Your management team is part of a pharmaceutical company that has been subpoenaed


    ·Read WTO case study: “Patents, parallel importation and
    compulsory licensing of HIV/AIDS drugs: the Experience of Kenya (bb)
    ·View film excerpt: “Fire and Blood” (bb)
    Your management team is part of a
    pharmaceutical company that has been subpoenaed by Congress to testify about
    the company’s decision to oppose the granting of compulsory licensing by the
    World Trade Organization to Kenya with respect to HIV/AIDS drugs developed and
    manufactured by the company. A compulsory license would permit a major Indian
    pharmaceutical competitor the right to manufacture a drug patented by your
    company and sell it at a fraction of the price in Kenya and possibly in other
    countries as well.
    Your company incurred hundreds of
    millions of dollars in research and development costs to produce this
    anti-viral drug and now it stands to lose a great deal of money in the
    manufacture and sale if the patent exception and compulsory license is granted.
    The shareholders will most certainly be angered over the year-end profit and
    loss statement. The publicity has also cast your company in a negative public
    image. It is expected that the company’s advertising expenses will be
    substantial to restore its family oriented reputation.
    Your company was also on the brink of
    developing a serum to cure Ebola but has had second thoughts given the problems
    in Kenya. The newspaper coverage has already created a “no-win” situation for
    your company:
    “Ebola Cure Not Fully Developed
    Because Big Pharma Not Interested In Saving Lives Of Poor People In Africa
    As you may have heard, there’s been a
    somewhat scary Ebola outbreak in western Africa. You may have also heard about
    what some are calling a “secret miracle serum” that effectively stops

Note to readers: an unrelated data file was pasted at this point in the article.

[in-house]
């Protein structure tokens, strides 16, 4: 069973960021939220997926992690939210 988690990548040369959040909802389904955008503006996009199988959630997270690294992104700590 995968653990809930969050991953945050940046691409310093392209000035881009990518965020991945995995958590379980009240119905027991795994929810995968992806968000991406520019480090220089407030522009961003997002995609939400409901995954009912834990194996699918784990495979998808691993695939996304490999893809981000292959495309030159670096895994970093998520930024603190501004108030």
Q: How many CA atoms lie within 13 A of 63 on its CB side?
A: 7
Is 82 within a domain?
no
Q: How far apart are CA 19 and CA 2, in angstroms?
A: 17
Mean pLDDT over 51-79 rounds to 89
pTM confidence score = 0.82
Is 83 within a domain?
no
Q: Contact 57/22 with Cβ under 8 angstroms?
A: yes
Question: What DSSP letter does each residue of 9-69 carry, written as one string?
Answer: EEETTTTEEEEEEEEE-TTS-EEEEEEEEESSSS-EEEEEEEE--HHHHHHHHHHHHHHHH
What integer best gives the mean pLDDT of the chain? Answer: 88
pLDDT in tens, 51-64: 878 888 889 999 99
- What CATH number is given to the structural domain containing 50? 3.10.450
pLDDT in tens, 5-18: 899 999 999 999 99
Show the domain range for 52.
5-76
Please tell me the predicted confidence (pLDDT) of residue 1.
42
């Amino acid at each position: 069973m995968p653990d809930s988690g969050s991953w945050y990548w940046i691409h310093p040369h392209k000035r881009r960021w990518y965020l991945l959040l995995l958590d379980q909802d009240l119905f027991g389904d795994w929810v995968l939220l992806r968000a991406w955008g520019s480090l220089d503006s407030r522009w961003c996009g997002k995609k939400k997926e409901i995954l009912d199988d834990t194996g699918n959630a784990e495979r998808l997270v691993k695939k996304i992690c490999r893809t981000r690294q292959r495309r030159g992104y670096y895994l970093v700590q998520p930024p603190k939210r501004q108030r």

the impact of the virus for those who catch it. It’s an experimental drug that
    hasn’t undergone human clinical trials yet, but it was apparently given to a
    couple of Americans and appears to be working. There’s some indication that it
    would take a couple months to produce a larger number of doses — though,
    again, the lack of testing here means that people really aren’t sure if it will
    work (or if there are serious side effects).
    That said, as one article notes, a big
    reason that there hasn’t been much testing on this is because treating poor
    people in Africa just isn’t very profitable for the drug companies:
    outbreaks affect the poorest communities on the planet. Although they do create
    incredible upheaval, they are relatively rare events,” said Daniel Bausch, a
    medical researcher in the US who works on Ebola and other infectious diseases.
    if you look at the interest of pharmaceutical companies, there is not huge
    enthusiasm to take an Ebola drug through phase one, two, and three of a trial
    and make an Ebola vaccine that maybe a few tens of thousands or hundreds of thousands
    of people will use.”
    some may question whether or not Bausch’s statement is just from frustration
    from where he is, Big Pharma execs more or less confirm his claims. Remember
    that it was just a few months ago that we wrote about Bayer’s CEO claiming
    directly that they make drugs for rich people who can afford it:
    Chief Executive Officer MarijnDekkers called the compulsory license
    “essentially theft.”
    did not develop this medicine for Indians,” Dekkers said Dec. 3. “We
    developed it for western patients who can afford it.”
    we noted at the time, it’s worth comparing that statement to what George Merck,
    the former President of Merck said many decades ago concerning the pharma
    try never to forget that medicine is for the people. It is not for the profits.
    The profits follow, and if we have remembered that, they have never failed to
    appear. The better we have remembered it, the larger they have been.“
    management team has been assigned the job of drafting a memorandum (5-7 pages)
    identifying the problem; evaluating the different stakeholder viewpoints; and,
    proposing a solution or alternative solutions to the problem. The memo will be
    used as the basis for the company’s testimony before Congress. You must also
    address whether, in the future, the company will be willing to develop
    expensive drugs that will be used primarily to cure people who cannot afford
    them. Both Congress and the public will want to know your company’s answer.
    may wish to use the Hosmerproblem solving model (or any other model) in
    analyzing the issues.
    Below is the link to the WTO Case study”>

    film excerpt”>

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